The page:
“Intelligence professionals and their families must know that our government supports them at home and abroad, in good times and bad,” he said. “We need to know that the sacrifices made by them and their families were not in vain.”
The department’s decision to launch a criminal investigation of the intelligence officers “will help al Qaeda and all other enemies of the United States to commit their horrible acts against Americans and others,” Mr. Spann said.
Mr. Pantano said the goal of the Web site is to inform the intelligence community that “American people support them.”
In announcing the investigation in August, Mr. Holder said available information “warrants opening a preliminary review into whether federal laws were violated with the interrogation of specific detainees at overseas locations.”
He also said: “The Department of Justice will not prosecute anyone who acted in good faith and within the scope of the legal guidance given by the Office of Legal Counsel regarding the interrogation of detainees.”
Missile defense test
U.S. and Japanese military forces conducted a successful test of the Navy’s Aegis missile-defense system, hitting a medium-range target missile with an SM-3 interceptor in the middle of the Pacific off Hawaii on Tuesday.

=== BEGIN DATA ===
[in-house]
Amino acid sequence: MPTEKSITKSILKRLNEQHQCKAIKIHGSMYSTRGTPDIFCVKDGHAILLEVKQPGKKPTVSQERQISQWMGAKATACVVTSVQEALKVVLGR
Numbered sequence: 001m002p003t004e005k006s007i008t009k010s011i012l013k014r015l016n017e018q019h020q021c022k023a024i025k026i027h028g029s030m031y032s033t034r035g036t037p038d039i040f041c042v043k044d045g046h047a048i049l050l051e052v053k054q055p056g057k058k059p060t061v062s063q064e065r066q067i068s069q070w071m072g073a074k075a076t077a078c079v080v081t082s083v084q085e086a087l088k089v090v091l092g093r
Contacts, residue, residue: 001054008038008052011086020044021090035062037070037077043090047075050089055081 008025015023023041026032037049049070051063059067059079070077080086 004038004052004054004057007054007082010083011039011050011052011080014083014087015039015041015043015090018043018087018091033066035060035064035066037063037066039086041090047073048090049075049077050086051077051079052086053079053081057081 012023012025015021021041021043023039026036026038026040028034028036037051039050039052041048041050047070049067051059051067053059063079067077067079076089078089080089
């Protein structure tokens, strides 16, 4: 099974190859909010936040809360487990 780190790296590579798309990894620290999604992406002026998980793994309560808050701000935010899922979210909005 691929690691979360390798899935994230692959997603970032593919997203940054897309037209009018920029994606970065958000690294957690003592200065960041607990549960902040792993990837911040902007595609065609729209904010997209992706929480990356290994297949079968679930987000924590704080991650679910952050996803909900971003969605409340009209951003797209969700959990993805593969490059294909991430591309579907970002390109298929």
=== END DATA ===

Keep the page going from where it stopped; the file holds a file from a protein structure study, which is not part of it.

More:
The SM-3 was fired from the Japanese destroyer Myoko in cooperation with the Pentagon’s Missile Defense Agency.
“The SM-3 successfully intercepted a medium range target that had been launched minutes earlier from the Pacific Missile Range Facility, Barking Sands, Kauai, Hawaii,” the Pentagon said in a statement. “The Myoko’s crew had detected and tracked the target and its weapons system developed a fire control solution, then launched the SM-3.”
Also taking part in the test were Pearl Harbor-based warships, the USS Lake Erie and USS Paul Hamilton, which detected and tracked the target and conducted a simulated engagement.
The test was the third time a Japanese ship shot down a target missile, highlighting progress on Japan’s development of a sea-based missile system to deter and counter North Korean missiles.
Riki Ellison, president of the Missile Defense Advocacy Alliance, said the test showed the Japanese navy’s “capability to destroy any current deployed North Korean ballistic missile threatening the people of Japan.”
The Kongo-class destroyer is one of three Japanese missile-defense ships equipped with the Aegis battle-management system, which is used on most U.S. Navy warships.
Mr. Ellison said the test proved that Japanese can “patrol and defend the seas surrounding Japan against the threat from North Korea to their homeland..